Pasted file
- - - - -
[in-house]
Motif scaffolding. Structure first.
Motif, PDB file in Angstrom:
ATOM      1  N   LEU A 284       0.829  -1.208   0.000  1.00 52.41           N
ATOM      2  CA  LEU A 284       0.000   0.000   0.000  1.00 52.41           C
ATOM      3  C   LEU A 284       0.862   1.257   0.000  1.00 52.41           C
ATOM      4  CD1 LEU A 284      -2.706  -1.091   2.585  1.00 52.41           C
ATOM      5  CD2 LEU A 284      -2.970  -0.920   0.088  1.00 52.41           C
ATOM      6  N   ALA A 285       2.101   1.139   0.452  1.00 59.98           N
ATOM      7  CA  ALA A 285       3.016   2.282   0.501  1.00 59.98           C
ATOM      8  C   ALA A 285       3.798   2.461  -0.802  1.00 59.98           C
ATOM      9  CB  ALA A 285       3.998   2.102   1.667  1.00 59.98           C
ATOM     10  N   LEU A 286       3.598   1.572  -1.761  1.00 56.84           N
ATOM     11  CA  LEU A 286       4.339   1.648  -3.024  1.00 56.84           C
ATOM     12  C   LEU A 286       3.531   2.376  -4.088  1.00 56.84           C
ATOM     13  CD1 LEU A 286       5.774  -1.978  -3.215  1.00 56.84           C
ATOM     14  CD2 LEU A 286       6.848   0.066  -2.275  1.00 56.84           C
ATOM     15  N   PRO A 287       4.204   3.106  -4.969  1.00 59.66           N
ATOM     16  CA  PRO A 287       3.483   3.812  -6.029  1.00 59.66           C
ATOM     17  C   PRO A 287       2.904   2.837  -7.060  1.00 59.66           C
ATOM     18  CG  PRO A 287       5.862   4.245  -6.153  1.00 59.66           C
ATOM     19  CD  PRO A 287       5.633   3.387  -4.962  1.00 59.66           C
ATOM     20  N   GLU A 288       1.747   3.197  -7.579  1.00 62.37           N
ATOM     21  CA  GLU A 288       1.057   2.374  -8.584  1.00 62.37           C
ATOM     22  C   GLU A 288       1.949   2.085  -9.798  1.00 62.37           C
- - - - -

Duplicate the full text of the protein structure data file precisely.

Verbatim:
[in-house]
Motif scaffolding. Structure first.
Motif, PDB file in Angstrom:
ATOM      1  N   LEU A 284       0.829  -1.208   0.000  1.00 52.41           N
ATOM      2  CA  LEU A 284       0.000   0.000   0.000  1.00 52.41           C
ATOM      3  C   LEU A 284       0.862   1.257   0.000  1.00 52.41           C
ATOM      4  CD1 LEU A 284      -2.706  -1.091   2.585  1.00 52.41           C
ATOM      5  CD2 LEU A 284      -2.970  -0.920   0.088  1.00 52.41           C
ATOM      6  N   ALA A 285       2.101   1.139   0.452  1.00 59.98           N
ATOM      7  CA  ALA A 285       3.016   2.282   0.501  1.00 59.98           C
ATOM      8  C   ALA A 285       3.798   2.461  -0.802  1.00 59.98           C
ATOM      9  CB  ALA A 285       3.998   2.102   1.667  1.00 59.98           C
ATOM     10  N   LEU A 286       3.598   1.572  -1.761  1.00 56.84           N
ATOM     11  CA  LEU A 286       4.339   1.648  -3.024  1.00 56.84           C
ATOM     12  C   LEU A 286       3.531   2.376  -4.088  1.00 56.84           C
ATOM     13  CD1 LEU A 286       5.774  -1.978  -3.215  1.00 56.84           C
ATOM     14  CD2 LEU A 286       6.848   0.066  -2.275  1.00 56.84           C
ATOM     15  N   PRO A 287       4.204   3.106  -4.969  1.00 59.66           N
ATOM     16  CA  PRO A 287       3.483   3.812  -6.029  1.00 59.66           C
ATOM     17  C   PRO A 287       2.904   2.837  -7.060  1.00 59.66           C
ATOM     18  CG  PRO A 287       5.862   4.245  -6.153  1.00 59.66           C
ATOM     19  CD  PRO A 287       5.633   3.387  -4.962  1.00 59.66           C
ATOM     20  N   GLU A 288       1.747   3.197  -7.579  1.00 62.37           N
ATOM     21  CA  GLU A 288       1.057   2.374  -8.584  1.00 62.37           C
ATOM     22  C   GLU A 288       1.949   2.085  -9.798  1.00 62.37           C